ETF Trading Tactics
Trading ETFs efficiently can help reduce costs and minimize risk. Learn best practices from our capital markets team.
Market versus Limit Orders
Market and limit orders are the two basic order types—understanding the difference between the two is important for successful trading.
A market order is an order to immediately buy or sell an ETF at the best available price. There is no price control, and while it typically delivers instant execution, the order may be filled at a price that is far from the current bid/offer, particularly during times of market volatility.
A limit order is an order to buy or sell an ETF with a restriction on the maximum or minimum price to be paid or received. A buy limit order can only be executed at the limit price or lower, and a sell limit order can only be executed at the limit price or higher. While limit orders do not guarantee full execution, they offer investors some protection against unforeseen market moves or a momentary lack of deep bids and offers. Using limit orders in a reasonable range of fair value can help investors trade successfully with more control, understanding that the full order may not be executed.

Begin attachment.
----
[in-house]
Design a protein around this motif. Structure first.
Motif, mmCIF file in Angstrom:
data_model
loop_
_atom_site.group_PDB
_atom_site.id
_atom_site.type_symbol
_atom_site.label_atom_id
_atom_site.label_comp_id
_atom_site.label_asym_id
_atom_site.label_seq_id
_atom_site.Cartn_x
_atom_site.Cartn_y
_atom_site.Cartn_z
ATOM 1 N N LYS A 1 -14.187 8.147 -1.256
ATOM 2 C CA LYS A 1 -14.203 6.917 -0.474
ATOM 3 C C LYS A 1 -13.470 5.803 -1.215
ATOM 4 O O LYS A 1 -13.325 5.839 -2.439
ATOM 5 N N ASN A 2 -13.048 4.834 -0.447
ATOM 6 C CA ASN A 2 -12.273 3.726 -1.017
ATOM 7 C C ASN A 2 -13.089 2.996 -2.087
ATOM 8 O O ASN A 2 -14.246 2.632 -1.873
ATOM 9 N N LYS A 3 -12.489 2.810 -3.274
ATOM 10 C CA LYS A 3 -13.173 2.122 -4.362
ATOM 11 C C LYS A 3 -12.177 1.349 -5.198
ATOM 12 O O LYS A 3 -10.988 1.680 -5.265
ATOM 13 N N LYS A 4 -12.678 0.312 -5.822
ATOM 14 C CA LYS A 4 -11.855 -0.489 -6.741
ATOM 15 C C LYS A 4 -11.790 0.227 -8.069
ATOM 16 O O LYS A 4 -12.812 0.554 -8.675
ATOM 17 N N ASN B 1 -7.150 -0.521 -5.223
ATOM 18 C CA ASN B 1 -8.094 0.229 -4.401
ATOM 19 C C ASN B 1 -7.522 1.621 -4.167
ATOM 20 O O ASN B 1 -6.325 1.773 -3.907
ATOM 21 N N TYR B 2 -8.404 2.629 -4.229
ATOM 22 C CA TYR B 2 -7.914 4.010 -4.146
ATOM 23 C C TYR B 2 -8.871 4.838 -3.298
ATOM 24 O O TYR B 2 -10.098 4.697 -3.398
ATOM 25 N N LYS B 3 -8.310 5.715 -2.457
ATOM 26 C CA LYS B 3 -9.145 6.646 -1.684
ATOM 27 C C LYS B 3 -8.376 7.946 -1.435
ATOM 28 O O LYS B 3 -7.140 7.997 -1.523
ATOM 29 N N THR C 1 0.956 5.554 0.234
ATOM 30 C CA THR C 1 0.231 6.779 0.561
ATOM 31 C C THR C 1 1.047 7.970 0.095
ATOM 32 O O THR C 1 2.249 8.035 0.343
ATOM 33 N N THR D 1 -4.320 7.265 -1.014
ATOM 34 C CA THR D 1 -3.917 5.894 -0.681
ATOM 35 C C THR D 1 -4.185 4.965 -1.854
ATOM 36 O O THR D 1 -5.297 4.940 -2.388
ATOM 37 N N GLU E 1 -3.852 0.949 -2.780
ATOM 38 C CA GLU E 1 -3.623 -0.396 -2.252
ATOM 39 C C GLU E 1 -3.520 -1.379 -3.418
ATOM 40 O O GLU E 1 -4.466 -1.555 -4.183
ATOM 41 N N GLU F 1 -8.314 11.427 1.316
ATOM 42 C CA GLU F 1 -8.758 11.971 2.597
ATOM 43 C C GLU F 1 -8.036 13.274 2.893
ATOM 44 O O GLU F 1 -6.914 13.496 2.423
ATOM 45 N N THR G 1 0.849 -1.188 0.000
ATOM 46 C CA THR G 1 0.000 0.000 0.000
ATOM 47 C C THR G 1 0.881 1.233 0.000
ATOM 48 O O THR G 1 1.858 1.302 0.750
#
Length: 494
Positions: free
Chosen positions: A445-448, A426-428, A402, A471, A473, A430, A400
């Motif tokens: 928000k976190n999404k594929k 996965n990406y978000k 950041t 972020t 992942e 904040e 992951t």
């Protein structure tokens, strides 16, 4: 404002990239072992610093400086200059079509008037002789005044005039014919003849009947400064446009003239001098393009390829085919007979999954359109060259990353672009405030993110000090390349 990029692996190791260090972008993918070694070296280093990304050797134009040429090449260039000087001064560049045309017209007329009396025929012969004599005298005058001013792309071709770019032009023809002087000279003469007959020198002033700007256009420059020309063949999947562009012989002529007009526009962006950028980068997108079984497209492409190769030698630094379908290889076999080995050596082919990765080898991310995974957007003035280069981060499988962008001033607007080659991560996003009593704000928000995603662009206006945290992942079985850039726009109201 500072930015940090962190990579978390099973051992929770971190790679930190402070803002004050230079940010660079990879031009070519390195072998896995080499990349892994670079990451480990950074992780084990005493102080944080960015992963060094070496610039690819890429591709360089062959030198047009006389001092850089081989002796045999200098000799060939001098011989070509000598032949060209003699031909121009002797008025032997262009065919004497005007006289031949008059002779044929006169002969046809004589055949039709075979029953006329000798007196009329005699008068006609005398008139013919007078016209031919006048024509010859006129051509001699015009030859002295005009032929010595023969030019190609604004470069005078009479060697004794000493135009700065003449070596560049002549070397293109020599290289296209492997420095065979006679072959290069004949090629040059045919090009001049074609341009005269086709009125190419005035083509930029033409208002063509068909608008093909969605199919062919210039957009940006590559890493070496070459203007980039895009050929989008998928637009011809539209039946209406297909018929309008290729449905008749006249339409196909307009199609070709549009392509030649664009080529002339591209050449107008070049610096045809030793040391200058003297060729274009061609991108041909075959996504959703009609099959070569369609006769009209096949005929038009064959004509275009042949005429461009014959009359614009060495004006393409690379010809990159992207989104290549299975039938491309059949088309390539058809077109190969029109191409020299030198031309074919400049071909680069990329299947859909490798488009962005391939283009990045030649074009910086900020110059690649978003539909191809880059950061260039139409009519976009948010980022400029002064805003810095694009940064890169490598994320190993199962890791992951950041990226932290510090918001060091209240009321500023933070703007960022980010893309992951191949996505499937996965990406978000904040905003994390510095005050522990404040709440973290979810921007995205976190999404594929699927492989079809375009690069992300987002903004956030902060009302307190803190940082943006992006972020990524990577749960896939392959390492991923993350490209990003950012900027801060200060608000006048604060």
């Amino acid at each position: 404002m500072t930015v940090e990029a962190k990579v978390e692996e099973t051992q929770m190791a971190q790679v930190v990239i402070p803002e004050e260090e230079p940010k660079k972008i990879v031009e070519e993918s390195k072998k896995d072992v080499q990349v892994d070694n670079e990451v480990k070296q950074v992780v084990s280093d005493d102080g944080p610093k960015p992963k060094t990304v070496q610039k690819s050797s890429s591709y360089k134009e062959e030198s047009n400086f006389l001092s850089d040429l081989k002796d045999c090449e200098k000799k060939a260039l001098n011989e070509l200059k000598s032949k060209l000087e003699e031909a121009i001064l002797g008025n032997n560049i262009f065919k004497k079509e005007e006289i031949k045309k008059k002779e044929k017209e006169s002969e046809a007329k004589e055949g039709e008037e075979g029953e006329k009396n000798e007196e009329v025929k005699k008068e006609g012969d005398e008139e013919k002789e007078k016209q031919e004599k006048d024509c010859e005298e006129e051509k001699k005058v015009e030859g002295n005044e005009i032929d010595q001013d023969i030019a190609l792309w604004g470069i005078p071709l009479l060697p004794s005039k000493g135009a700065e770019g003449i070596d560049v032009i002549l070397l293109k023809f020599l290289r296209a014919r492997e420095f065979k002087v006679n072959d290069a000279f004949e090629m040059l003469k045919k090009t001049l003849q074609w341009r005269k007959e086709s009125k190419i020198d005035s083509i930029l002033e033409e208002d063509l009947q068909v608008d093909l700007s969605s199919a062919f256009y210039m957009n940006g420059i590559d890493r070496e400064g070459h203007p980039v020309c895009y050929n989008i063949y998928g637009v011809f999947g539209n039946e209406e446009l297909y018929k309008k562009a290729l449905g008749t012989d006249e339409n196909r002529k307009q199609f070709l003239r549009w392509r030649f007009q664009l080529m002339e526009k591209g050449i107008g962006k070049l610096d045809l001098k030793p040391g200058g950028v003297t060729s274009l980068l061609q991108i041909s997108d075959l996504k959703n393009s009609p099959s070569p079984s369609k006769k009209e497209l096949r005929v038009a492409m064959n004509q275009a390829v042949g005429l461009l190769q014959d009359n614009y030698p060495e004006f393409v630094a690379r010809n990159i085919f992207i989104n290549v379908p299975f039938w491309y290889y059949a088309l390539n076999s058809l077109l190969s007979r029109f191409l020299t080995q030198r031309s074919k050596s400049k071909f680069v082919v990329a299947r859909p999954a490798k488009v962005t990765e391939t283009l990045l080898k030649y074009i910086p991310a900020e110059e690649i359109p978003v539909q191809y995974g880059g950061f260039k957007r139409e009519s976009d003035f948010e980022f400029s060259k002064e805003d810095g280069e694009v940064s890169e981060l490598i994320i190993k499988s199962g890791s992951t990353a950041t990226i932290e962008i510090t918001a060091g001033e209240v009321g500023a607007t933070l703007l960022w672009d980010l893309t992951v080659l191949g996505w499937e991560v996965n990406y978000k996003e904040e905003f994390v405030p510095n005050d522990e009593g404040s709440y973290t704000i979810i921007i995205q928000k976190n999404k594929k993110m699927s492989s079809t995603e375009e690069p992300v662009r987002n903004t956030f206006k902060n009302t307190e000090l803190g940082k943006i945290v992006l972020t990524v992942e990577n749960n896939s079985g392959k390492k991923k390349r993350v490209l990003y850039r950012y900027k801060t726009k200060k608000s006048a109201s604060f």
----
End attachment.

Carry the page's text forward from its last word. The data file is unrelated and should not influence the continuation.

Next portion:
A stop-loss order is an order to buy or sell an ETF at the market price once it has traded at, or through, a specified or ‘stop’ price, triggering a market order. While this can be a good way to passively manage positions, it exposes investors to the risks of market orders. Stop-loss orders may be triggered during times of higher volatility, which are usually not good times to use market orders.
A stop-loss limit order is an order to buy or sell an ETF at the market price once the ETF has traded at, or through, a ‘stop’ price, with a limit price attached to it. The objective is to activate a limit order at a specified price. Using limits when trading gives investors price control of their orders, but stop-loss limit orders do not ensure execution.
When trading a large block of an ETF or one that has lower average daily volume, it’s important to use the trading tools available to you, including your block ETF trading desk. Investors often believe that only large institutions have access to liquidity providers, who can access the underlying liquidity of an ETF, but that is not the case. Most custodians and wirehouse broker-dealers have agency block execution desks which can be valuable resources their clients. While each platform has its own system, it’s important to remember that investors must select their order as “not held” to allow the desk to execute on their behalf. An order marked or defaulted to “held” will be sent directly to the market and executed without discretion.